Tuesday, 21 August 2012

Late complications with Collagenase injections?

Today I got an e-mail telling me that there was a new paper out relating to Dupuytren's (thank you Google Alerts), so I went and had a look and it is another paper that is looking at collagenases such as Xiapex/Xiaflex. For those who don't know these are enzymes that break down the main complex that forms the cords in Dupuytren's and I have heard that it does have some positive influence on nodules as well. 

For background information see some of my previous posts which include: 


 Still in this paper they are looking at patients after a time that is greater than that used in the phase III (the final phase) clinical trials:

Late Complications of Clinical Clostridium Histolyticum Collagenase Use in Dupuytren's Disease - It is an open access article so anyone can go and have a look and if you don't understand anything then please ask me questions and I can probably agree that I didn't understand either - Warning there are some graphic pictures of procedures being performed on a hand so don't look if you can't stand that sort of thing.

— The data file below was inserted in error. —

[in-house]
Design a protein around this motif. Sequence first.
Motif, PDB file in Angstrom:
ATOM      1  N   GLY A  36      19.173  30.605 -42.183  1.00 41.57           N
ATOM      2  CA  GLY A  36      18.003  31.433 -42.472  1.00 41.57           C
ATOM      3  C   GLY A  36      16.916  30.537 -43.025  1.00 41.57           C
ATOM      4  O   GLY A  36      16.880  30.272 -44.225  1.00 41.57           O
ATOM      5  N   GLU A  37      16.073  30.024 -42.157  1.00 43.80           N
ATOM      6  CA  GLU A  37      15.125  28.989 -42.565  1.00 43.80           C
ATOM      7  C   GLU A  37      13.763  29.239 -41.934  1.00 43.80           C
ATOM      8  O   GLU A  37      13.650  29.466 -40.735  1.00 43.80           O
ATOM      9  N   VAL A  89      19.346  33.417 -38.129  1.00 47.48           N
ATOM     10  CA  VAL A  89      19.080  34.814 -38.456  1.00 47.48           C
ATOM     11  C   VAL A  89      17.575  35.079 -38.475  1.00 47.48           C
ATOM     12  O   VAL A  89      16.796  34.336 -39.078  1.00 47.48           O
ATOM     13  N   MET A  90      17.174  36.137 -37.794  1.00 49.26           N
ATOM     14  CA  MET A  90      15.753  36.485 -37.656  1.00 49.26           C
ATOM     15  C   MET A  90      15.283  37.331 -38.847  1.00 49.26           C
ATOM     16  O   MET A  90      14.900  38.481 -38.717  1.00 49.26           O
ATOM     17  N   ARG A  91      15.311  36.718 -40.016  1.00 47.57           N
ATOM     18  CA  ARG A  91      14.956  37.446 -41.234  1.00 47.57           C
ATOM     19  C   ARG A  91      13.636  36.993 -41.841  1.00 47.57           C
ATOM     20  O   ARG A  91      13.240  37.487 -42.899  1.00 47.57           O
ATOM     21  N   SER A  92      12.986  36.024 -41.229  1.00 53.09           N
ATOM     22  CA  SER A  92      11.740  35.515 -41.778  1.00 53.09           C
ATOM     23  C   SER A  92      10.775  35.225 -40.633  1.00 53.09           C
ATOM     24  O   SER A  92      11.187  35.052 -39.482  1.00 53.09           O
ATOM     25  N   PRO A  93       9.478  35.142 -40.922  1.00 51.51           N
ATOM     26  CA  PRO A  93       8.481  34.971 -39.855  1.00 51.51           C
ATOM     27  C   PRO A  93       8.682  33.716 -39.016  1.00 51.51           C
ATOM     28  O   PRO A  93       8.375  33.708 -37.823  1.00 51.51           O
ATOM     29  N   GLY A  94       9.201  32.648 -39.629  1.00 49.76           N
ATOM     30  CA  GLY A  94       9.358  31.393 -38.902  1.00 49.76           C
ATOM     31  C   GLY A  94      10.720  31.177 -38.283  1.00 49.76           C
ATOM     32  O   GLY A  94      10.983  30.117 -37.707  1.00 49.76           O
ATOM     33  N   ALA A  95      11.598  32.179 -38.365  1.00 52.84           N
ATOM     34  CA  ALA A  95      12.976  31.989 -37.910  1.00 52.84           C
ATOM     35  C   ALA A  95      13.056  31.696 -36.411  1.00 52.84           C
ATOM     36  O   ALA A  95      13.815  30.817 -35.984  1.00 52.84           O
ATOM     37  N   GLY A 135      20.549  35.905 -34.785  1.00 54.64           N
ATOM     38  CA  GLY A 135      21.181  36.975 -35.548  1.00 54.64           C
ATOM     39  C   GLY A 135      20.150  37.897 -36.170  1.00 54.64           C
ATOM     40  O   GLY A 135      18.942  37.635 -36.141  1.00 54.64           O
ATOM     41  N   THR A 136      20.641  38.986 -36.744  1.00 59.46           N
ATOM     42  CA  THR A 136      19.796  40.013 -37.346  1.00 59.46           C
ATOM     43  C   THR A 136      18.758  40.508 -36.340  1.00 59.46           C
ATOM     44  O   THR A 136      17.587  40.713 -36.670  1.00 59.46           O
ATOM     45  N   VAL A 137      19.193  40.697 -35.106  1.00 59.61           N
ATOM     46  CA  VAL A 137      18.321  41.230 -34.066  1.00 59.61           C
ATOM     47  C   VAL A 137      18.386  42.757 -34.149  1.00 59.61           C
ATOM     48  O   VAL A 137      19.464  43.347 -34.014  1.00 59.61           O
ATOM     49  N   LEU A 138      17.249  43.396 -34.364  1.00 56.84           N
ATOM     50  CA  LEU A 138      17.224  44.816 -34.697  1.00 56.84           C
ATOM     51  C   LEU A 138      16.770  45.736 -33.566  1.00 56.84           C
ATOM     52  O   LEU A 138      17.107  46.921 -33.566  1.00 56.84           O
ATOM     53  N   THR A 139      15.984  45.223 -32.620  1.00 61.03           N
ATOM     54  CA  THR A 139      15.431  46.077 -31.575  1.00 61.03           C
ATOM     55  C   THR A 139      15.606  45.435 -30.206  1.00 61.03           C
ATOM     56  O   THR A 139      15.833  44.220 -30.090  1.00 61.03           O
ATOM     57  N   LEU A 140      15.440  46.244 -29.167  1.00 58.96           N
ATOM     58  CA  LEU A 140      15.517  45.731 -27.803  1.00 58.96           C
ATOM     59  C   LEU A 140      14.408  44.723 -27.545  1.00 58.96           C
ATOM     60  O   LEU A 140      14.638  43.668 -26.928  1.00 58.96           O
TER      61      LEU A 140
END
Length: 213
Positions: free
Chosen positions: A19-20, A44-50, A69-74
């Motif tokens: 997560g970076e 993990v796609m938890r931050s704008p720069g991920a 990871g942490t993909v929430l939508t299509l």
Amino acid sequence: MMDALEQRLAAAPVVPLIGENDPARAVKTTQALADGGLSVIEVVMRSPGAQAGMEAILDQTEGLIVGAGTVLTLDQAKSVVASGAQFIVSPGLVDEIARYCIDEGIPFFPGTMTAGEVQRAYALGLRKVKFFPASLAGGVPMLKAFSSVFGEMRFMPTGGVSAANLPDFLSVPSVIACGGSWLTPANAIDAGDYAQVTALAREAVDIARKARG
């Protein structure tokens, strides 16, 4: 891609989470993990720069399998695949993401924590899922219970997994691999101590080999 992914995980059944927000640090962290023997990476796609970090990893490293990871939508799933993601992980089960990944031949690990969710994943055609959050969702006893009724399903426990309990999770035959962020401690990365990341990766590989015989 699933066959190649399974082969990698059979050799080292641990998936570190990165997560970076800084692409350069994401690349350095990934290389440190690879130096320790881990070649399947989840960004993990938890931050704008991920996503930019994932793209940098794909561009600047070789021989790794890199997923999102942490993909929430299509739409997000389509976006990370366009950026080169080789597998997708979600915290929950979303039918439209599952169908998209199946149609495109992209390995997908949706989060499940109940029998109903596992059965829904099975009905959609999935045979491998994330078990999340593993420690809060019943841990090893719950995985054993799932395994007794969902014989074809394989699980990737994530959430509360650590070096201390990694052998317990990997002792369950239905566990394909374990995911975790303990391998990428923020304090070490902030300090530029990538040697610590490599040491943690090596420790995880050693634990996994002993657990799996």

What do they find

2 of 12 patients had problems. 
Well the typical follow up period in the trials was 3 months and here they go up to a year in what is unfortunately a small sample group of only 12 patients and they find that: (Just because I like at least one picture per blog post): 

Although the majority of the patients are fine 2 do have side effects, in the pie chart this may look like a small amount but imagine this applied to 1200 people rather than 12 and suddenly that is 200 people with problems. 

These two patients had significant disability in the injected hand and also suffered from pain and in both case operative intervention was taken a year after the treatment with the collagenase. They found that there was deep tissue scarring that was presumably caused by the injection and that this could be the cause of finger stiffness and pain. They then waffle on about science stuff and come to the conclusion that long term problems is something that those administering this drug should consider both before and after giving the treatment. 

If you are interested in learning more about this then please e-mail me, post a comment or hop over to the forum and share your story at the same time.